Beauty, Brains, & Bravery | A #BookReview on The Only Woman in the Room by Marie Benedict
Updated: Apr 14, 2022
Author: Marie Benedict
Genre: Historical Fiction
Happy Friday Eve friends! I recently finished another book (big surprise) and I just had to break out the electronic pen and pad so I could tell you all about it. So, a few months ago, I took an unplanned trip to Barnes and Noble. I'd had no intentions of getting another book because I still had a list of TBR books that I hadn't touched yet, but my willpower is nonexistent when it comes to books. I was wandering around, lost in a reader's paradise when my eyes landed on this book. The title was intriguing, so I picked it up. It turns out the book is about Hedy Lamarr, the stunning actress who was briefly married to an Austrian arms dealer during the rise of the Nazi party.
"Her extraordinary beauty saved her life. Her brilliant mind changed ours."
As soon as I read that quote on the back, I was sold. I mean who doesn't love a story about an underdog? It was practically calling my name. I had no choice! I headed home, new purchase in tow, ready to ignore all of the other books on my list and start with this one. The Nazis/Holocaust era is one of history's dark moments that has always fascinated me, because how does one go from being regular degular to being so dark and twisted? How did no one sit down with Hitler and be like: "Bro....what the heck are you out here doing? Please seek therapy." People are sick. Whew.
The Only Woman in the Room recounts Hedy Lamarr's journey from Austria to Hollywood. It mostly concentrates on her early adult life when she was trapped in an unhappy marriage to her controlling and abusive husband who was also an Austrian arms dealer. The book recounts her navigating through the strange existence of having to be in the company of questionable people as the hostess to her husband's shady business dealings.
I cracked open this book, ready to dive into the story (turns out she was an actual person! I had no idea!) of Hedy Lamarr. In all honesty, this story really did not grab me from the jump. I had to push through for a bit before it really started to pick up. I put it down a few times and read other things during the pauses, but I came back to it. I am thankful I did, because it ended up being a pretty decent story. Not the best I've read, but certainly not the worst either.
Ms. Lamarr, who started off the book as Hedwig Kiesler, was a budding actress in Vienna, Austria. The book begins with her accepting her flowers for one of her latest projects. We get an inside look at the dynamics of her family. She is much closer with her father than with her mother. She tells them both that she receives flowers from a mysterious Mr. Mandl. A well to-do Austrian arms dealer. Her parents persuade her into accepting a date from the man and thus their romance begins. I personally will never understand marrying someone you've only known for a few months, but that is exactly what Hedy did. Just as quickly as the romance began, it ended and Mr. Mandl showed his true abusive colors. Poor Hedy ended up being more of a prisoner, allowed out only to look pretty on Mandl's arm while he rubbed elbows with some questionable government officials.
Little did they know, Hedy was a little firecracker who used her talent for memorizing lines to commit all of the Third Reich's conversations to memory while she hatched a plan to escape. Once she was in Hollywood, California and successfully out of Mandl's reach, she began inventing a contraption that would help win the war that plagued her people. Reports of the atrocities occurring against the Jews weighed heavily on her heart and inspired her invention. And...she randomly adopted a Jewish refugee baby. Congrats, I think? The real test, was getting her invention recognized by the right people, but no one wanted to take the beautiful actress seriously. She was just supposed to be a pretty face, just supposed to smile for the camera and not speak but Hedy had a lot to say.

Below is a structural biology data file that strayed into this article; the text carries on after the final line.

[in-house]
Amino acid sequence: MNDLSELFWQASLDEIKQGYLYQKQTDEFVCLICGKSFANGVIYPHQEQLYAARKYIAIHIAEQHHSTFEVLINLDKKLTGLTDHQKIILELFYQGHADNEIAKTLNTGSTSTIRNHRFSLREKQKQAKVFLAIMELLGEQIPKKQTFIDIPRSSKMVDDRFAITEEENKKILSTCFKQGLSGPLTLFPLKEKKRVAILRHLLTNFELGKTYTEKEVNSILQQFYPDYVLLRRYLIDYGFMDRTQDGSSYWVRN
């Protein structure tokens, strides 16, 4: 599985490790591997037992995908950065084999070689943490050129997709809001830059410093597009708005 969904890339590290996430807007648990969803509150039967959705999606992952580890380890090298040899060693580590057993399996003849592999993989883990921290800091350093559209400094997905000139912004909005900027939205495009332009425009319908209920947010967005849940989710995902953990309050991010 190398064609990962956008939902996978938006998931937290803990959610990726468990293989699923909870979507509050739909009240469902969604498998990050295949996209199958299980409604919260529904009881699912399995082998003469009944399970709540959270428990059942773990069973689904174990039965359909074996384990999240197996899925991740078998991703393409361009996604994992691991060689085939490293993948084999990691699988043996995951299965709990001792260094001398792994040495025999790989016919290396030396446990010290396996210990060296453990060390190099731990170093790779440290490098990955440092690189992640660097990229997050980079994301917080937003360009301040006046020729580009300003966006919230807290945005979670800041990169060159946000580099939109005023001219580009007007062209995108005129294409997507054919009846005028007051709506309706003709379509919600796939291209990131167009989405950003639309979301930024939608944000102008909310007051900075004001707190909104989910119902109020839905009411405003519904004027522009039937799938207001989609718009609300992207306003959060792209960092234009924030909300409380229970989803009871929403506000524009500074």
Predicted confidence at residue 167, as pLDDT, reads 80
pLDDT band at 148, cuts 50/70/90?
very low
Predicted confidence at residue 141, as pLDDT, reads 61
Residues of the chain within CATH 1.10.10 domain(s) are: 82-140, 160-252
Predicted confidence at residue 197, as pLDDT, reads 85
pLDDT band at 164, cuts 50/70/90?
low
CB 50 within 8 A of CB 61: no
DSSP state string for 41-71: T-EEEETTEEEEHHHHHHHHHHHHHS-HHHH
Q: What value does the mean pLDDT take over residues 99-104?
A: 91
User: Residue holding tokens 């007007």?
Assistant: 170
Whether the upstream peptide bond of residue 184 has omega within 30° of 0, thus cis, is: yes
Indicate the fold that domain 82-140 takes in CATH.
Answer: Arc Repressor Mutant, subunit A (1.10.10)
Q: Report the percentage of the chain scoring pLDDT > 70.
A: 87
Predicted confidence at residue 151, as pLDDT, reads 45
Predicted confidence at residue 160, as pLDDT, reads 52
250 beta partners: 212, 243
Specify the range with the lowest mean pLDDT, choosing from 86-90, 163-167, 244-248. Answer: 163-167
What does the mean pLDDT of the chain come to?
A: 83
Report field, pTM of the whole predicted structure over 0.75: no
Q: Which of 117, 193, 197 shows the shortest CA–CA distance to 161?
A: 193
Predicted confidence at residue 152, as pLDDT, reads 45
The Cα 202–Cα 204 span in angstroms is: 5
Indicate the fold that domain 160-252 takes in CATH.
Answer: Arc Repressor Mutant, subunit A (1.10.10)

Overall, this book really wasn't bad. It felt a little rushed at the end. Spent so much time focusing on explaining the marriage to Mandl, that they left little time to talk about her scientific side. By the time they brought it up, it seemed a little random. Sure, there were hints of her eavesdropping on conversations and speaking with her father about topics not usually suited for women, but there was not enough mention of her actually being a scientist until the end. One minute she's memorizing lines and the next minute she's a whole scientist creating inventions and securing patents. Gave me a little whiplash. I wish we could have had more of the scientific side of her. I am also sad at how the book ended. I had a pretty big attitude about it for a while until I realized that it was a true story and real life very rarely ends in a neat little bow. While Hedy's invention did not get taken seriously with the government to stop the way raging against the Jews, it ended up being useful in a completely different area. Thanks to her invention, some of the technologies that we use in our cellphones and Bluetooth compatible devices today were created. So next time you're scrolling on your phone, or playing music through your Google Home/Apple Home device, shout out a quick thank you to Ms. Lamarr. You rock, girl!
If you're looking for a quick read, I suggest you grab this book. If you do decide to check it out, you can grab it here:
and when you’re done, please come back and tell me what your thoughts were! I'd love to know your opinion on this one. Did you know Hedy Lamarr was an actual person? Was I just late to the party? Let me know!
Happy reading, babes!